There may not be a bigger decision when it comes to free agency than Donovan Smith. The Tampa Bay Buccaneers have to decide whether or not they want to pay him a shade over $14 million on a franchise tag or sign him to a long-term deal.
Reports are that Smith is expected to return next year. According to Scott Reynolds of pewterreport.com, Smith will either sign a long-term deal with around $12-$13 million annually or play under the aforementioned $14 million franchise tag.
Most of the time, this is an easy decision for a left tackle that has started every game during their NFL career. But Smith is different. Yes, he’s been elite in terms of durability - he’s only one of seven offensive lineman to start every game since 2015 - but he’s been the exact opposite on the field.
Inconsistency has plagued Smith’s career in Tampa Bay. There have been moments where he looks like an All-Pro and there have been times where he looks like he doesn’t belong in the NFL.
The downside to both deals is pretty obvious. Either you shell out a long-term deal and Smith continues to play as he has in the past or you cough up $14 million in 2019 and hope he works out.
Don’t forget the fact that if he lights it up under the franchise tag, then his price for a long-term deal could be even more in 2020.
The plus side is that if Smith does in fact ball out in 2019, then the Bucs will hopefully have their answer at that position.
When you add everything together and consider the Bucs’ salary cap situation, the decision concerning Smith may dictate how free agency plays out for Tampa Bay in 2019.
But what if Tampa Bay had another option? What if there was another player they could roll the dice on for a similar price, but said player has much more upside than Smith?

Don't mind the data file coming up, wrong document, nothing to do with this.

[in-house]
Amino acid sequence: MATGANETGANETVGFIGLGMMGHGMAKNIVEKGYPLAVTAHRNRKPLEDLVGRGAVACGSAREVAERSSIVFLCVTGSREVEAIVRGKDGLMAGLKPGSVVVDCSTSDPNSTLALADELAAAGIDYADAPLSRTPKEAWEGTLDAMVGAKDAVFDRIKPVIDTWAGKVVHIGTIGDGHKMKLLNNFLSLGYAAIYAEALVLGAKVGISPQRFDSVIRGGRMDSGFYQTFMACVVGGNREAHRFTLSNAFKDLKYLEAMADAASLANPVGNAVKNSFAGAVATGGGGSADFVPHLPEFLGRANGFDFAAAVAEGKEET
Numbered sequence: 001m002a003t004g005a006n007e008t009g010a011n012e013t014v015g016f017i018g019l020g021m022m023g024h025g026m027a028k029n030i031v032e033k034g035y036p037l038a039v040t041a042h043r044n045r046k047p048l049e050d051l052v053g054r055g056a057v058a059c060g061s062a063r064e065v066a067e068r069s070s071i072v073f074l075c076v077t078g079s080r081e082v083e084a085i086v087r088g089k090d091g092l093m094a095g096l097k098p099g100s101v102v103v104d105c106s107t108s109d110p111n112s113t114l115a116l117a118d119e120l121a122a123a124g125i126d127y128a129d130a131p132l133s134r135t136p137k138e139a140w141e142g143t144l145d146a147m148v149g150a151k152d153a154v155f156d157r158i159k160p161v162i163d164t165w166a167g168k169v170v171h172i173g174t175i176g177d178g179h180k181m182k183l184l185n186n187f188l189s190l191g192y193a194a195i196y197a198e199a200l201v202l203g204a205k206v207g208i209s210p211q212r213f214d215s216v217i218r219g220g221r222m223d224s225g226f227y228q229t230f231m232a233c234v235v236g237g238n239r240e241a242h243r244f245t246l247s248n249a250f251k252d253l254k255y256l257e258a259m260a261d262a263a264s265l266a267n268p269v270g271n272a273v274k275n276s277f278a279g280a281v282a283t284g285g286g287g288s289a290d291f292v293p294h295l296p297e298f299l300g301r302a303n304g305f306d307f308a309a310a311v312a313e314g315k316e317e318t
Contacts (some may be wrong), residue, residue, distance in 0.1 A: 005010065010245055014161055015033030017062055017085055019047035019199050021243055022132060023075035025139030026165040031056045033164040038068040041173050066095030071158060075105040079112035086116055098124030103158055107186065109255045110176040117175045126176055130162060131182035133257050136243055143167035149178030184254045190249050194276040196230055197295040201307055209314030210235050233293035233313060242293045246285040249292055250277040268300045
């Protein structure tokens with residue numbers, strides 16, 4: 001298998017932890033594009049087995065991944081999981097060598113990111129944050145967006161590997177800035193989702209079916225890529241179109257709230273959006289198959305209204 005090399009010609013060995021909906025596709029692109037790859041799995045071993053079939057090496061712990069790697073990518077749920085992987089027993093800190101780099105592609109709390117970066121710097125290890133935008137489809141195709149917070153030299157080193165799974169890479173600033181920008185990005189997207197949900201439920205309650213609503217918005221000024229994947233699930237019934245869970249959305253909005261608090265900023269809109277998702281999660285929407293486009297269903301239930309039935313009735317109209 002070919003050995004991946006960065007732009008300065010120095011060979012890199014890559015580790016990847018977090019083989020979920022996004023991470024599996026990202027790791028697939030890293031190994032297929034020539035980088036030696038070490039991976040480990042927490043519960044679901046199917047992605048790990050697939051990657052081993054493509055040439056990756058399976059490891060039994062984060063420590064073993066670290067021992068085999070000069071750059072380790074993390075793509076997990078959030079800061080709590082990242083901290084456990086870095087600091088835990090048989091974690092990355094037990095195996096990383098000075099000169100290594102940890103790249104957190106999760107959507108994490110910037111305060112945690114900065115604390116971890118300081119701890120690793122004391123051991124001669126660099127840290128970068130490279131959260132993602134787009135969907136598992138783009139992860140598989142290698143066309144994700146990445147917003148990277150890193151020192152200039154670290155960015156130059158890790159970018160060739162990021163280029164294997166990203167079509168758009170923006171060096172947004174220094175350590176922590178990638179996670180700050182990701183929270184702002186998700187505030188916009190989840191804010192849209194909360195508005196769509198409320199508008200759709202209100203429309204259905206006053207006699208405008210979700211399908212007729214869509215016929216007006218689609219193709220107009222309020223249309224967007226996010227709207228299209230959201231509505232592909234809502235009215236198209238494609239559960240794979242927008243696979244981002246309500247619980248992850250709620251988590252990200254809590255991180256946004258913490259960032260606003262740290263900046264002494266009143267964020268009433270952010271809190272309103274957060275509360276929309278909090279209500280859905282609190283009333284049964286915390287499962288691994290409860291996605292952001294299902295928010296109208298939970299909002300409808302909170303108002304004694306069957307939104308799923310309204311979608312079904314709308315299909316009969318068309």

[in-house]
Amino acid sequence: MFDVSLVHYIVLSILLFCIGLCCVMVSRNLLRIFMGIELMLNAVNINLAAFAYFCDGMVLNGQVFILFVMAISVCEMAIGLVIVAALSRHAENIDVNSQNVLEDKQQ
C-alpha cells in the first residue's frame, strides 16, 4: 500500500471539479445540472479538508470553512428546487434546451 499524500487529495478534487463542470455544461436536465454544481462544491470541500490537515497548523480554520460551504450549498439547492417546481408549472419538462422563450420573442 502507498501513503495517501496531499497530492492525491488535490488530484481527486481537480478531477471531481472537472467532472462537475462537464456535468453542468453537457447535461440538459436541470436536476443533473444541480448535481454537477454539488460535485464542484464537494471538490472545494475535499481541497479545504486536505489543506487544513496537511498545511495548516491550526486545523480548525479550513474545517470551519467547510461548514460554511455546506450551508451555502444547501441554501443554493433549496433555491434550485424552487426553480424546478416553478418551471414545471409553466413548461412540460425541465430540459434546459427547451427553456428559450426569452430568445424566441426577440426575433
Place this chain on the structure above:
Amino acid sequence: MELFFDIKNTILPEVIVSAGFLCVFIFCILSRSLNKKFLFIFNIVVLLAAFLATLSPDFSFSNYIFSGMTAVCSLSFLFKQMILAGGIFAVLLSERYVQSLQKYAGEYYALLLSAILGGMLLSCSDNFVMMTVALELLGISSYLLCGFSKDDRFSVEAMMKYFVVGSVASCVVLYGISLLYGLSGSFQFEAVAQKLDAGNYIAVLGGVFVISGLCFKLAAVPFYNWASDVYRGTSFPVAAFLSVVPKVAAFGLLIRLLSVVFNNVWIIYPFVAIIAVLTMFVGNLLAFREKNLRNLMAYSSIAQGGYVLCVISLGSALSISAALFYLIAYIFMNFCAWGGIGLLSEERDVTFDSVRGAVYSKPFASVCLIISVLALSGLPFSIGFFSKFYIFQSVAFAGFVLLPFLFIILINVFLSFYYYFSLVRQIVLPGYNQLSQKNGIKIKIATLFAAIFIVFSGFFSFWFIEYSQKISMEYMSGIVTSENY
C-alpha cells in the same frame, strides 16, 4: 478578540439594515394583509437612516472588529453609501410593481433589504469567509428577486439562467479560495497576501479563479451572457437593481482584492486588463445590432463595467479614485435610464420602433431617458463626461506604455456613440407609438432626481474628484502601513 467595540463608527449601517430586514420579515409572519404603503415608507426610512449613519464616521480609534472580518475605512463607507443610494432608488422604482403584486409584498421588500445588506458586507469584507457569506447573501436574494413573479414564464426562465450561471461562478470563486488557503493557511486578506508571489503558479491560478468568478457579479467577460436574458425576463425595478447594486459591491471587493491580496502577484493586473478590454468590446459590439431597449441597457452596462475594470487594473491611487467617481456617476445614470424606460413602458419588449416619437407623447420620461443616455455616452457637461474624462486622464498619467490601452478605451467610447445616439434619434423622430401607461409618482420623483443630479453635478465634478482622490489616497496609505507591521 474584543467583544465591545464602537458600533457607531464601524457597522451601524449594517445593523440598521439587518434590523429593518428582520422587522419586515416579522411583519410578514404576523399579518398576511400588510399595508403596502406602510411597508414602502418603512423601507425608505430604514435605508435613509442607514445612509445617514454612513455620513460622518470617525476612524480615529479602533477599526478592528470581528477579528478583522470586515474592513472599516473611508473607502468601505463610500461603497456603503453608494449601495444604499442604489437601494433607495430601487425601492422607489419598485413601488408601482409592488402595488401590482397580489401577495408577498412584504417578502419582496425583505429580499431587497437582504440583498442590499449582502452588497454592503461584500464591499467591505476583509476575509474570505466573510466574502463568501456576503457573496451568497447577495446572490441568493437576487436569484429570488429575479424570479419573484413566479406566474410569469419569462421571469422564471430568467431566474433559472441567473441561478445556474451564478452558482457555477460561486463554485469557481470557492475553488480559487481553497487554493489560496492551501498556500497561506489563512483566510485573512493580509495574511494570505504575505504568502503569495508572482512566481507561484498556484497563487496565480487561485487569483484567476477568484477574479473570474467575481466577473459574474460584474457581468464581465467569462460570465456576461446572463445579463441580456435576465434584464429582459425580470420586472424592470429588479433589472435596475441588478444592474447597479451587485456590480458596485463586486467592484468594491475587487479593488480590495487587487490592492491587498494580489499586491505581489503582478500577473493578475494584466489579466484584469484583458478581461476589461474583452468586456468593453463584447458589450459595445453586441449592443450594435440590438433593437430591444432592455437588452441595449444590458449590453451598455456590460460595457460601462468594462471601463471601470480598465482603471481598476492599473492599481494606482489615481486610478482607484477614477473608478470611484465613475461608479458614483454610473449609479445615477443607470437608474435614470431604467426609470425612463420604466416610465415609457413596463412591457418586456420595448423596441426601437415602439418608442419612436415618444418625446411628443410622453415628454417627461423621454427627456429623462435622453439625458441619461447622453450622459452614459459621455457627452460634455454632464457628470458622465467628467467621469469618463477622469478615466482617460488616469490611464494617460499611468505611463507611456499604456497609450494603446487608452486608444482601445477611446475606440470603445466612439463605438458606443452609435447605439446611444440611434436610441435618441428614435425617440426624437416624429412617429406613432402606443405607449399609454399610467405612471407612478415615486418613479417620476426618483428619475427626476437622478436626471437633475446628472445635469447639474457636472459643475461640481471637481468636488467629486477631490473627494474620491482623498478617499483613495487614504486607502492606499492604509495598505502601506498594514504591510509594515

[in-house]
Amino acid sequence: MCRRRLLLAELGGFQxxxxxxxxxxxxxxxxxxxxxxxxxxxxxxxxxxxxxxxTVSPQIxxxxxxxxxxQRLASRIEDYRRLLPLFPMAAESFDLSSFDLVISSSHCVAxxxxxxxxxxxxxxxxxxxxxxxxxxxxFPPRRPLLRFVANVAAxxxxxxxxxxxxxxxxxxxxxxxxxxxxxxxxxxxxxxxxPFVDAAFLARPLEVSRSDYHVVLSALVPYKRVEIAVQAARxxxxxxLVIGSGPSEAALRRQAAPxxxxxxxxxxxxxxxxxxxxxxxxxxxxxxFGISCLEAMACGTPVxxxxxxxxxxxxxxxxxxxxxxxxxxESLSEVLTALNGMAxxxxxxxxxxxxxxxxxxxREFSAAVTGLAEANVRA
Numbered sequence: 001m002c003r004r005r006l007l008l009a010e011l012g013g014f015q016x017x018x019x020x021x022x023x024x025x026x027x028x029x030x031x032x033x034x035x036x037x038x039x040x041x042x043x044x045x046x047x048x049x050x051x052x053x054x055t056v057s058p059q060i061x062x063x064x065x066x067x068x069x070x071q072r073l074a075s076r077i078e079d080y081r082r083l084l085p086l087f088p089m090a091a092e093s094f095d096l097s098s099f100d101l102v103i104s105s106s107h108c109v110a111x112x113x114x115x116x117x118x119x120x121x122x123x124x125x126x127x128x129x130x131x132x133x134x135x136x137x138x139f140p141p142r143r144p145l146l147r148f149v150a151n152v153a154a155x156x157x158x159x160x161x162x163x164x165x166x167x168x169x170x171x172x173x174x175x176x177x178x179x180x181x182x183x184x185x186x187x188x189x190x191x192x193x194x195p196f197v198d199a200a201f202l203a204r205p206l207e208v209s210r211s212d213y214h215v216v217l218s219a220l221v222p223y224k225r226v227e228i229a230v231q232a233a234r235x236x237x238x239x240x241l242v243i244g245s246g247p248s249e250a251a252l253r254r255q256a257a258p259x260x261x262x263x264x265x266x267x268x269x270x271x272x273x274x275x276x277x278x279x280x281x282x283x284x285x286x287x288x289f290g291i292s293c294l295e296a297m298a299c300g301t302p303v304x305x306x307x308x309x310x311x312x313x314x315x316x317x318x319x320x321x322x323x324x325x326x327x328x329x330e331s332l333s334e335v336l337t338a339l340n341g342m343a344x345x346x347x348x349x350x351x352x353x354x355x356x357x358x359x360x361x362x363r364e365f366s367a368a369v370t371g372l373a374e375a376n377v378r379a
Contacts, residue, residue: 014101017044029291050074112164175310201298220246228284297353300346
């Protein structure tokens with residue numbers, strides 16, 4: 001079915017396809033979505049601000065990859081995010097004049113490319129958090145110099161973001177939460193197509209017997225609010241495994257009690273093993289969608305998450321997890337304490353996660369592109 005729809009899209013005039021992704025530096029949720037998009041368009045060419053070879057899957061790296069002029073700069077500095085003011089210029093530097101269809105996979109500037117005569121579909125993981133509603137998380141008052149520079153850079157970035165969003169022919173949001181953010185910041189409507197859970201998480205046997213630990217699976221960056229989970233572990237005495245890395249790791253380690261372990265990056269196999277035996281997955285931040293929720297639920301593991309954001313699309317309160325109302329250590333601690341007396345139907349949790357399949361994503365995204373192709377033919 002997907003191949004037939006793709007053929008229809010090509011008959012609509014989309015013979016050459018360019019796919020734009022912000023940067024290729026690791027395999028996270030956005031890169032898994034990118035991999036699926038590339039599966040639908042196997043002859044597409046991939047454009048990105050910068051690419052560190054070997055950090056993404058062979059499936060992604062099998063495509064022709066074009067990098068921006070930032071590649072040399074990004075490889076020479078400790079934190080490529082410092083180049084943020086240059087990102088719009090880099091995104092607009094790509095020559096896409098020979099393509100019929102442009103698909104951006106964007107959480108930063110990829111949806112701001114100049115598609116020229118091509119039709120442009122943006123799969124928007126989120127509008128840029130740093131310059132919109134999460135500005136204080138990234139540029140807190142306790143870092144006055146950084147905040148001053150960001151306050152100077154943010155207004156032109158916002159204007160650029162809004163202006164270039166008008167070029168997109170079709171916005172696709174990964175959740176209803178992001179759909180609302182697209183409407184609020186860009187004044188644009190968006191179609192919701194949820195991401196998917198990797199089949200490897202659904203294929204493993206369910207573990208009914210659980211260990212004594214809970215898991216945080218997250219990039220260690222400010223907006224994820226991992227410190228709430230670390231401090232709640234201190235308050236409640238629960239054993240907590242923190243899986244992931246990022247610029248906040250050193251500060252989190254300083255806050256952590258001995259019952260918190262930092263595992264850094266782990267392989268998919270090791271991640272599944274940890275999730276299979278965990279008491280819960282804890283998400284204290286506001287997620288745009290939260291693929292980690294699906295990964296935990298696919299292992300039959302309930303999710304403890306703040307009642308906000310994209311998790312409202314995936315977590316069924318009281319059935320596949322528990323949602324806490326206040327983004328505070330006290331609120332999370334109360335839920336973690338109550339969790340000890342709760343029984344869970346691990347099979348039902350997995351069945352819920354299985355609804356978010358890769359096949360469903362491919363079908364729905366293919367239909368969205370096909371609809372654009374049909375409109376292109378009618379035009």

Enter Trent Brown.
I detailed Brown a bit in my offensive line preview for free agency. He is almost the exact opposite of Smith. Brown has overachieved throughout his entire career and was a seventh round pick, while Smith has been underwhelming overall and was drafted in the second round.
NFL scouts have had their eye on Brown for the past few seasons now after Von Miller declared that Brown was one of the best tackles he has had played against in the NFL.
I made my position clear on Trent Brown last week on my pod, but to put it simply again here: I don’t think any T in free agency has been close to as good as him the last 3 years nor offers the upside he does. In a league starved for good T play, he’s v good on the left or right.— Brandon Thorn (@BrandonThornNFL) February 21, 2019
What makes him all the more valuable - especially for Tampa Bay - is the fact that he can play both left and right tackle. This is important considering the fact that Demar Dotson is getting older and has battled through injuries over the past two seasons. At 26 years old, Brown would offer an up-and-coming, versatile option that could help Ali Marpet anchor the offensive line for years to come.
The expectation is that Brown will get paid, but how much? One of our own at Bucs Nation believes that Brown could reset the market considering how much he has improved over the years and the fact that he just won the Super Bowl with the New England Patriots.
Obviously, this is worst-case scenario when it comes to Brown’s contract situation and the Bucs’ salary cap position. Nate Solder will have the highest cap hit in 2019 out of all offensive lineman at $17 million. If Brown were to reset the market, then he would have to make more than $17 million, even if it’s just a dollar more.
Now, there is also a chance that he doesn’t command this much money. While Brown has played well so far, he was placed on IR with a shoulder injury in 2017 and was traded to the Patriots during the 2018 draft.
He may not even started at all in 2018 if it weren’t for first-round pick Isaiah Wynn’s ACL injury that cost him his rookie year. Brown has tremendous upside, but he hasn’t quite put it all together just yet and that may cost him a few million.
But let’s say his price tag costs anywhere between $12-$16 million - should the Bucs take the chance on him instead of Smith? It’s a dice roll on both players, but Brown seems to have more upside. Would the (maybe) extra $2-$3 million for Brown really matter in the grand scheme of things?
Just something to chew on as we continue to grind through the days before free agency.
I’d rather take the chance on.....
This poll is closed